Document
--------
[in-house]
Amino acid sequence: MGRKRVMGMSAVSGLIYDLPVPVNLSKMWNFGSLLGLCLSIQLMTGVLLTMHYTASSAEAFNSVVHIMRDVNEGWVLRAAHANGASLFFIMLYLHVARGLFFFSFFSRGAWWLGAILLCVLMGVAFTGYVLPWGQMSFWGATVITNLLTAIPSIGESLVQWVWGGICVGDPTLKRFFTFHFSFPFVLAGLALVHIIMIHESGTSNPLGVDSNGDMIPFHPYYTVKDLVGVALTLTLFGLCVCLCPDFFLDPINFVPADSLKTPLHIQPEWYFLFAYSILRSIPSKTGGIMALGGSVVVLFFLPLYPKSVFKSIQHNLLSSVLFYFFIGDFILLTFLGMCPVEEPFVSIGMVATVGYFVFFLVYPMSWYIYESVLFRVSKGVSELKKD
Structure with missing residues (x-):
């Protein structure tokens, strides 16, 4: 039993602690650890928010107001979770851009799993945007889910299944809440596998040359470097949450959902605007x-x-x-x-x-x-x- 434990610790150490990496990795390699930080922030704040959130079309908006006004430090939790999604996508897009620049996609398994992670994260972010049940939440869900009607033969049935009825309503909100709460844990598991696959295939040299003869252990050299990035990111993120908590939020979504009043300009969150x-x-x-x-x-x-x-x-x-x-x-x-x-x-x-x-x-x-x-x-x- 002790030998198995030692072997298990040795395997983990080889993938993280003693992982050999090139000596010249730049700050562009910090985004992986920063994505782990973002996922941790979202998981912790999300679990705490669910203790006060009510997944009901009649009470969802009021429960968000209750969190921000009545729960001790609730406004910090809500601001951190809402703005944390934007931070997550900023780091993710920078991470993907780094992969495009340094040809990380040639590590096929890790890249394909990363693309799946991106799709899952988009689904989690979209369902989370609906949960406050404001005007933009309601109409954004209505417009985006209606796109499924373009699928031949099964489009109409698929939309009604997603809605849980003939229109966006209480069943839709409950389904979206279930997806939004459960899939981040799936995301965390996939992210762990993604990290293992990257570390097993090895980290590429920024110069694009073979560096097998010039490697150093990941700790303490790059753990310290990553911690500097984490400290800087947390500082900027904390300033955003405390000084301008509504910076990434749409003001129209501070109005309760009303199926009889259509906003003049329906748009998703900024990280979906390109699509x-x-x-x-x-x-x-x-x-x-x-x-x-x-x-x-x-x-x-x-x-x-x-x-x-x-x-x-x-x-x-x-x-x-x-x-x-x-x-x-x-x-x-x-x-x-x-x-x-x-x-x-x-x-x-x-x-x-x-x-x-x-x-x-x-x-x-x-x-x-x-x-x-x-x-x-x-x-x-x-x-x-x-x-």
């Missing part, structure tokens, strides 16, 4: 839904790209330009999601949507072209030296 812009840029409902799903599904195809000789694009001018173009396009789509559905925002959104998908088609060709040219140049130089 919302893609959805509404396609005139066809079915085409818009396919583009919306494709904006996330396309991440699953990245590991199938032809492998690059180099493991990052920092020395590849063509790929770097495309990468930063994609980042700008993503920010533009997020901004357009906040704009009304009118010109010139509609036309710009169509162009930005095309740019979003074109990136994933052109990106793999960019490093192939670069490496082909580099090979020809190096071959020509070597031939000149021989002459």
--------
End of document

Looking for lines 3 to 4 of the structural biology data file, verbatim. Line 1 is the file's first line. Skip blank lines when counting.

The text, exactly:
Structure with missing residues (x-):
């Protein structure tokens, strides 16, 4: 039993602690650890928010107001979770851009799993945007889910299944809440596998040359470097949450959902605007x-x-x-x-x-x-x- 434990610790150490990496990795390699930080922030704040959130079309908006006004430090939790999604996508897009620049996609398994992670994260972010049940939440869900009607033969049935009825309503909100709460844990598991696959295939040299003869252990050299990035990111993120908590939020979504009043300009969150x-x-x-x-x-x-x-x-x-x-x-x-x-x-x-x-x-x-x-x-x- 002790030998198995030692072997298990040795395997983990080889993938993280003693992982050999090139000596010249730049700050562009910090985004992986920063994505782990973002996922941790979202998981912790999300679990705490669910203790006060009510997944009901009649009470969802009021429960968000209750969190921000009545729960001790609730406004910090809500601001951190809402703005944390934007931070997550900023780091993710920078991470993907780094992969495009340094040809990380040639590590096929890790890249394909990363693309799946991106799709899952988009689904989690979209369902989370609906949960406050404001005007933009309601109409954004209505417009985006209606796109499924373009699928031949099964489009109409698929939309009604997603809605849980003939229109966006209480069943839709409950389904979206279930997806939004459960899939981040799936995301965390996939992210762990993604990290293992990257570390097993090895980290590429920024110069694009073979560096097998010039490697150093990941700790303490790059753990310290990553911690500097984490400290800087947390500082900027904390300033955003405390000084301008509504910076990434749409003001129209501070109005309760009303199926009889259509906003003049329906748009998703900024990280979906390109699509x-x-x-x-x-x-x-x-x-x-x-x-x-x-x-x-x-x-x-x-x-x-x-x-x-x-x-x-x-x-x-x-x-x-x-x-x-x-x-x-x-x-x-x-x-x-x-x-x-x-x-x-x-x-x-x-x-x-x-x-x-x-x-x-x-x-x-x-x-x-x-x-x-x-x-x-x-x-x-x-x-x-x-x-």